As children ran towards the faucet near the covered court of the Marcela Marcelo Elementary School in Pasay City, a little girl was left behind. Not because she did not want to wash her hands but because she has no hands to begin with.
Grade 1 pupil Stephanie Talanay, who was born with no arms, is one of thousands of undernourished public school children who received free nutritious meals from PAGCOR’s Feeding Program. Like many students in government-subsidized schools, she could not get enough nutrition due to poverty.
But through the state-owned gaming firm’s regular Feeding Program, Stephanie and close to 10,000 undernourished school children from 186 public schools nationwide were able to win the battle against malnutrition.
During their final weigh-in last March, students like Stephanie – who were under 15 kilograms – reached 18 kilograms, the ideal weight for seven-year-old children.
PAGCOR allocates P40 million annually to address the needs of undernourished public school students. Each student from schools in Metro Manila And the provinces receive a daily meal allocation of P40 and P30 per meal per day, respectively. For the coming school year, PAGCOR increased the allocation to P45 million in order to have more beneficiaries.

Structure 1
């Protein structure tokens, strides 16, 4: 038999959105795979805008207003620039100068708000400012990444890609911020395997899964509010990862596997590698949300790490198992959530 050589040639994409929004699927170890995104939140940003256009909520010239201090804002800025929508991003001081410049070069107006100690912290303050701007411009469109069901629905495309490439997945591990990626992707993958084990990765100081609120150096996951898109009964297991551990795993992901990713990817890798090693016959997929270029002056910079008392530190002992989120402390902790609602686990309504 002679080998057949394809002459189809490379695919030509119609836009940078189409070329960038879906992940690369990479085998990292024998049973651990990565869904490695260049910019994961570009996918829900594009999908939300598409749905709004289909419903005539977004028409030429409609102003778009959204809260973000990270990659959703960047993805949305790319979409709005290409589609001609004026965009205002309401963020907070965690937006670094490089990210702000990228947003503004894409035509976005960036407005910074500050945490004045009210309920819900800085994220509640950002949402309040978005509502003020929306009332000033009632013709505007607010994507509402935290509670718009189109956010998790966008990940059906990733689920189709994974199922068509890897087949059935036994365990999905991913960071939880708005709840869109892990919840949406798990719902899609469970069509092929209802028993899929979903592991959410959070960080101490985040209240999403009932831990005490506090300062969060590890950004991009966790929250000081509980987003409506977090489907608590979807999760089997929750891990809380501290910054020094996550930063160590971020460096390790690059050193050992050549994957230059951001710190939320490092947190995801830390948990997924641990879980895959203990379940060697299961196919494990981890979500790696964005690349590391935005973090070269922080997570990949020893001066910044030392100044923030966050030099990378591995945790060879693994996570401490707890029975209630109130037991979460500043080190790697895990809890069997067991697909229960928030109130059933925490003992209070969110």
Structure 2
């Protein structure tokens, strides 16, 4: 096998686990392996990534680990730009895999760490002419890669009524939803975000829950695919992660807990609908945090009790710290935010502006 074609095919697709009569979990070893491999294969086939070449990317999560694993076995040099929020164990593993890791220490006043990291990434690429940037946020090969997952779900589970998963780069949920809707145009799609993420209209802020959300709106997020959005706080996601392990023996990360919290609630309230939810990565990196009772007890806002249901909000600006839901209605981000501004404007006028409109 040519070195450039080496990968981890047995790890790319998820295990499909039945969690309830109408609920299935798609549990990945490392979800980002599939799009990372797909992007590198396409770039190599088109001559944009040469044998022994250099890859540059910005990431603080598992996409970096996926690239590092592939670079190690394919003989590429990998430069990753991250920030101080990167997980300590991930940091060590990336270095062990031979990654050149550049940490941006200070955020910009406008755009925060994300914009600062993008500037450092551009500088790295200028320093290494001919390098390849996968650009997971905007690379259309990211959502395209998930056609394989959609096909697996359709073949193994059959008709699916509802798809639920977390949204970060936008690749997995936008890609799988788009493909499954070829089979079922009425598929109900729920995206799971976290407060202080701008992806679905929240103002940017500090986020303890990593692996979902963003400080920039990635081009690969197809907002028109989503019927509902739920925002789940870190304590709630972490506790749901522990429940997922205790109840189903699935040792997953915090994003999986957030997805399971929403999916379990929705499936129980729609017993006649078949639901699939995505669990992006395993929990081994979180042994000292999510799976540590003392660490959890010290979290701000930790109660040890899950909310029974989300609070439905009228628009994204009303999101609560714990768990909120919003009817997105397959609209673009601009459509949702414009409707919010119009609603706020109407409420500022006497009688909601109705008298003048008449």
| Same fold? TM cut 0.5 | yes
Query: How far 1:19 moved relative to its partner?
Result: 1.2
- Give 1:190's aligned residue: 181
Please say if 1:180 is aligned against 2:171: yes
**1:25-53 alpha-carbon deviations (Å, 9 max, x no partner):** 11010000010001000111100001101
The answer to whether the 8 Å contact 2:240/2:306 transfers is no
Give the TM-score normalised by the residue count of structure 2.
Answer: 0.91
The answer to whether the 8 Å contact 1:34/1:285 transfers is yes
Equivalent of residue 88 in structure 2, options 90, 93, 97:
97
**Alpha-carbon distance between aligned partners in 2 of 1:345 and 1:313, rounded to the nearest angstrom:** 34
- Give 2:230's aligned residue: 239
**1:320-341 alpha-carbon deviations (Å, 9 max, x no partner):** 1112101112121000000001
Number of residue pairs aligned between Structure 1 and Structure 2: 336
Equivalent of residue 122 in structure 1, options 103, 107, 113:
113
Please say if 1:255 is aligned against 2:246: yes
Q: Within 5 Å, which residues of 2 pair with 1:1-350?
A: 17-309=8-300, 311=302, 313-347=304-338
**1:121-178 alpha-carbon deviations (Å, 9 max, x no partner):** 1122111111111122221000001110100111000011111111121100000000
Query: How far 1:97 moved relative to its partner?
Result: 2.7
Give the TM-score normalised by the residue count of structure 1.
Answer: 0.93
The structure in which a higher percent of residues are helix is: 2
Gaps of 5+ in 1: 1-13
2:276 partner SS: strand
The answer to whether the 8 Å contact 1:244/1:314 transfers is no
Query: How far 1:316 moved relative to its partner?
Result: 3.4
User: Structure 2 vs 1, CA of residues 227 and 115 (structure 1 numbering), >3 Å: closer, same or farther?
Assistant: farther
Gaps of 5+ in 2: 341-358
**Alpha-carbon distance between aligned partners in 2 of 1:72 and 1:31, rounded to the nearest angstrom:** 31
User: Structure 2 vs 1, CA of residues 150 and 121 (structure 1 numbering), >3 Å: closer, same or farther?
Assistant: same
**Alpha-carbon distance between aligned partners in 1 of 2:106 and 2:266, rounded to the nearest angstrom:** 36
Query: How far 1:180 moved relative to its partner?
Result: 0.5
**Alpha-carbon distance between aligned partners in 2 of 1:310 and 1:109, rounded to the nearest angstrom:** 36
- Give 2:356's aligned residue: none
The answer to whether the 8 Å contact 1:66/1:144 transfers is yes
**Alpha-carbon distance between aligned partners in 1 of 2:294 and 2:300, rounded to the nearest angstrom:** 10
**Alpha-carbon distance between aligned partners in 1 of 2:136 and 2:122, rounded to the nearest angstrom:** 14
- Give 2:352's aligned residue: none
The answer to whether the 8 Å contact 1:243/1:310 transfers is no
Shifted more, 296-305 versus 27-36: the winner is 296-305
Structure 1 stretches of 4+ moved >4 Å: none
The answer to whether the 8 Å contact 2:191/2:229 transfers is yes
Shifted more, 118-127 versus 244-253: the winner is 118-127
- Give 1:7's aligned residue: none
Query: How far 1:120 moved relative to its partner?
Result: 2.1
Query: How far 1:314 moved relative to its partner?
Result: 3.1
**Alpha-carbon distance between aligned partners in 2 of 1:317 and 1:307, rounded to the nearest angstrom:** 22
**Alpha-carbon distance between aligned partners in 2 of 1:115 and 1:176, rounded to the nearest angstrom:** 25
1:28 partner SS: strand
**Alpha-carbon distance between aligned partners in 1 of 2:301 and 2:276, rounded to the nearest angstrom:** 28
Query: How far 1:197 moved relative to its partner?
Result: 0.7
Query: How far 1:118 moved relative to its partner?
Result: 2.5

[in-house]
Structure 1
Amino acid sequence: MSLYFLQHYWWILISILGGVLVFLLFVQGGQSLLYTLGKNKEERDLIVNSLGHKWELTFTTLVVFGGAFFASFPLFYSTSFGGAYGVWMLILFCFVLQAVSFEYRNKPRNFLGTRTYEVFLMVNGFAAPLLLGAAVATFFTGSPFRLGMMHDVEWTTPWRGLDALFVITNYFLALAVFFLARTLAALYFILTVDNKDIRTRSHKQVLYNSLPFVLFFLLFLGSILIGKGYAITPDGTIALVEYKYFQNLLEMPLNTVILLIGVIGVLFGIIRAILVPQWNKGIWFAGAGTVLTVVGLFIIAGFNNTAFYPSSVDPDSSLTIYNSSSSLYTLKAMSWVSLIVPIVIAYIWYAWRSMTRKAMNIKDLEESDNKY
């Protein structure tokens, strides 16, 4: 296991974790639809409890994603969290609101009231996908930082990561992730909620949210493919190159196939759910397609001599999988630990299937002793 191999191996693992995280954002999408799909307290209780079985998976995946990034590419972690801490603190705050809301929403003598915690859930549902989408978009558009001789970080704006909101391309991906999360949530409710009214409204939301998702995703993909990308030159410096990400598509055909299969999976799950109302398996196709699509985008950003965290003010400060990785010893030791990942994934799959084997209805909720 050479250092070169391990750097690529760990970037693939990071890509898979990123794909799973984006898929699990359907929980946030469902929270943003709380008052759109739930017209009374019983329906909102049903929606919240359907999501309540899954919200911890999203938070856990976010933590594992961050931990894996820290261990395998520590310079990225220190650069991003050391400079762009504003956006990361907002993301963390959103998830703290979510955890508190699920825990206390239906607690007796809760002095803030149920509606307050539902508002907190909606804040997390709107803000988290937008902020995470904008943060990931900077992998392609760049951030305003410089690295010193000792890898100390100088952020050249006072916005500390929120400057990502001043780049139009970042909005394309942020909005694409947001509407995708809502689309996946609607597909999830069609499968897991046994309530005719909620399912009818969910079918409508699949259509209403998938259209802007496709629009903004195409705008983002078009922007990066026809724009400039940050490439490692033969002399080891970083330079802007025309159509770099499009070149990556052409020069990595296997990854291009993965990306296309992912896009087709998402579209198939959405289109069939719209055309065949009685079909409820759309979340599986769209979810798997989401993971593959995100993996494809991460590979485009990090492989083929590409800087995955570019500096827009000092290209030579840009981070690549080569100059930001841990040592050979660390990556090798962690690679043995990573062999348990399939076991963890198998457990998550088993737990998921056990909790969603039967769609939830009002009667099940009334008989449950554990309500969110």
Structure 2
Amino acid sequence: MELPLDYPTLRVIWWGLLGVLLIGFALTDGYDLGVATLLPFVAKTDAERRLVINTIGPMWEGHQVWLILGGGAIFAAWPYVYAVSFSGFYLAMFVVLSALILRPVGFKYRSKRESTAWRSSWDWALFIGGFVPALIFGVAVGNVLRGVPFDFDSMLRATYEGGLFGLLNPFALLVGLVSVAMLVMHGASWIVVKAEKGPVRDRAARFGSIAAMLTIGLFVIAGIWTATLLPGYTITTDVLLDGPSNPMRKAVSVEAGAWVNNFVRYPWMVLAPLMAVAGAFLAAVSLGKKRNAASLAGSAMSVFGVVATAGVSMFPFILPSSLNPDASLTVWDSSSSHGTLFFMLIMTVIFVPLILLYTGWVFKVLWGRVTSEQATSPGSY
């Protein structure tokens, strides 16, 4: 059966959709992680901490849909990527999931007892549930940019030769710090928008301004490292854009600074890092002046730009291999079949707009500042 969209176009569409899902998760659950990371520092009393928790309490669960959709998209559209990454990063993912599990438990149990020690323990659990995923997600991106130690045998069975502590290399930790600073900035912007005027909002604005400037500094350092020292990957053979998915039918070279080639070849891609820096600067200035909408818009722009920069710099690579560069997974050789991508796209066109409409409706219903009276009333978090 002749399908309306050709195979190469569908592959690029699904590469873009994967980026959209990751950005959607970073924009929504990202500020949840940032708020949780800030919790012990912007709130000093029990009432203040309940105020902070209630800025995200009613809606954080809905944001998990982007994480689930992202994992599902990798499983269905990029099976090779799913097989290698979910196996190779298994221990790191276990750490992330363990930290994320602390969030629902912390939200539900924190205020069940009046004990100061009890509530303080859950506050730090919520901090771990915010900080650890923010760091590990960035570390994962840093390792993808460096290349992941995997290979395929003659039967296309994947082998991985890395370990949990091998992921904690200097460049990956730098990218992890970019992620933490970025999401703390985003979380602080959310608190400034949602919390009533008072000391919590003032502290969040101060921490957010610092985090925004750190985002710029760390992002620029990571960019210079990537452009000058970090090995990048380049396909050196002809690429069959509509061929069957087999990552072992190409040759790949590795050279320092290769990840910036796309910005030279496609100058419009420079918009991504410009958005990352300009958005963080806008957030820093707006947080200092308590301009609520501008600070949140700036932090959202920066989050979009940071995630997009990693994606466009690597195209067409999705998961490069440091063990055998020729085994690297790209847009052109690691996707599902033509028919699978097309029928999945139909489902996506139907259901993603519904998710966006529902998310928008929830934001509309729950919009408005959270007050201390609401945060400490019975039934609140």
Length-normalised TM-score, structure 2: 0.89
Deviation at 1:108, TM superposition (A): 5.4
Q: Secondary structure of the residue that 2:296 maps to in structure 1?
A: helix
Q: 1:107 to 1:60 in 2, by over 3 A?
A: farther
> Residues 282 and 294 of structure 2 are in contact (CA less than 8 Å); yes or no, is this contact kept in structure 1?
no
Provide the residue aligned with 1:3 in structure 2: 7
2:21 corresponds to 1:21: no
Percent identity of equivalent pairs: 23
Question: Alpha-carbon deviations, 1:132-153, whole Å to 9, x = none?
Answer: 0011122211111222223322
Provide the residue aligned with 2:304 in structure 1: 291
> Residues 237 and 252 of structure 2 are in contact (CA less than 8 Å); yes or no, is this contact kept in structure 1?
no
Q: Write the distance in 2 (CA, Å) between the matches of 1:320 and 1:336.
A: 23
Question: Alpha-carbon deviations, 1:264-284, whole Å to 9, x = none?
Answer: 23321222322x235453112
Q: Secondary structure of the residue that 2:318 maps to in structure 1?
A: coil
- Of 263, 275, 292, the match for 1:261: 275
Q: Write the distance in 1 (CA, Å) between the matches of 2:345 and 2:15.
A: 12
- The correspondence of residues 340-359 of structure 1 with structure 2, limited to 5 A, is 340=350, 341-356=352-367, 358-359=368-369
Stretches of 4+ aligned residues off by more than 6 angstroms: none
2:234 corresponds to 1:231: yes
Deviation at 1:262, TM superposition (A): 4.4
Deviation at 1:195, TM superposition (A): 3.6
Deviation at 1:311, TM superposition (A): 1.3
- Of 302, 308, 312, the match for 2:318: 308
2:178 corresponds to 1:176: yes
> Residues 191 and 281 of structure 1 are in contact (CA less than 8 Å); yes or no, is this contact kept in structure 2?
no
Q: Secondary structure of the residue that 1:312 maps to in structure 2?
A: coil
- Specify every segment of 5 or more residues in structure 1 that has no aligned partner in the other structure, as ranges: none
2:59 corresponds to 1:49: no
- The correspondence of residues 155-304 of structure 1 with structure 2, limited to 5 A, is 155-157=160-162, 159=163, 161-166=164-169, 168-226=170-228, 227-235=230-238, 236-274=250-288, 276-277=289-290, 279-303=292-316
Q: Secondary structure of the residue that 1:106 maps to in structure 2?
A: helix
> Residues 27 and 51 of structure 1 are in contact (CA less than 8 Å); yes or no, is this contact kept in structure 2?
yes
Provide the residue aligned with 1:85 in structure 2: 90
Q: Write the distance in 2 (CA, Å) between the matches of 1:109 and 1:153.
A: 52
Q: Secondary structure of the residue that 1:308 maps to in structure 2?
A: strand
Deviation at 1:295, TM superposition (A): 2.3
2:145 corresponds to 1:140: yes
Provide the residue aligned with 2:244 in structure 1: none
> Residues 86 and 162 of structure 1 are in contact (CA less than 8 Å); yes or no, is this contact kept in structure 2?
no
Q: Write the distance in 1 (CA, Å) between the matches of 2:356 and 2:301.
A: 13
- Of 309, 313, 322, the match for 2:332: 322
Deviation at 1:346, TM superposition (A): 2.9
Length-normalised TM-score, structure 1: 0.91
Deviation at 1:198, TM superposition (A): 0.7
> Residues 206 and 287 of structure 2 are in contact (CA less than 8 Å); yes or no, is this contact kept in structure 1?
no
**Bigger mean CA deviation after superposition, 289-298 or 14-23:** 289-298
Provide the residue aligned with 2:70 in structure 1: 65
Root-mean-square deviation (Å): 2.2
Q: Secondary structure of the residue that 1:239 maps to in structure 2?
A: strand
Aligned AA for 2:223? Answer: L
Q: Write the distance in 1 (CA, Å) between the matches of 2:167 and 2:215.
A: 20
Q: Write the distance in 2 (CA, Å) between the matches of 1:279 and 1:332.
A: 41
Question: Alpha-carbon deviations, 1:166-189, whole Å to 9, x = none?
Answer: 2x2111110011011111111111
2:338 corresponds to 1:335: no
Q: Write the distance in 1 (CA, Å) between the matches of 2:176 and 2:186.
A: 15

The Feeding Program was carried out by PAGCOR in response to the pressing need to improve the health and nutrition of school children from the poorest public schools.
Based on a report released last August 2012 by the Department of Education (DepEd), a total of 562,262 pupils in kindergarten and elementary levels enrolled in public schools have been classified as “severely wasted” or undernourished. However, the DepEd’s Health and Nutrition Center (HNC) reported that it could only feed 42,372 or 7.54 percent of the identified severely malnourished pupils in 1,010 public elementary schools form 28 provinces.
Jaylord Lozano, a ten-year-old student of Damñas Elementary School in Digos CIty, Davao del Sur began attending the PAGCOR feeding program in their school in October 2012. After a few months, Lozano gained four kilograms and now weighs 26 kilograms. The ideal weight for 10-year-old kids is 24.5 to 47 kilograms, depending on their height.
Jaylord shared that he is now more energetic, and his grades were higher. “Salamat sa pagtulong sa kabataan. Binigyan kami ng libreng pagkain araw-araw. Ngayon pa lang kami nakakain ng ganito, na masarap,” Lozano said. The daily menu for students consists of vegetables, meat or fish, rice and fruits.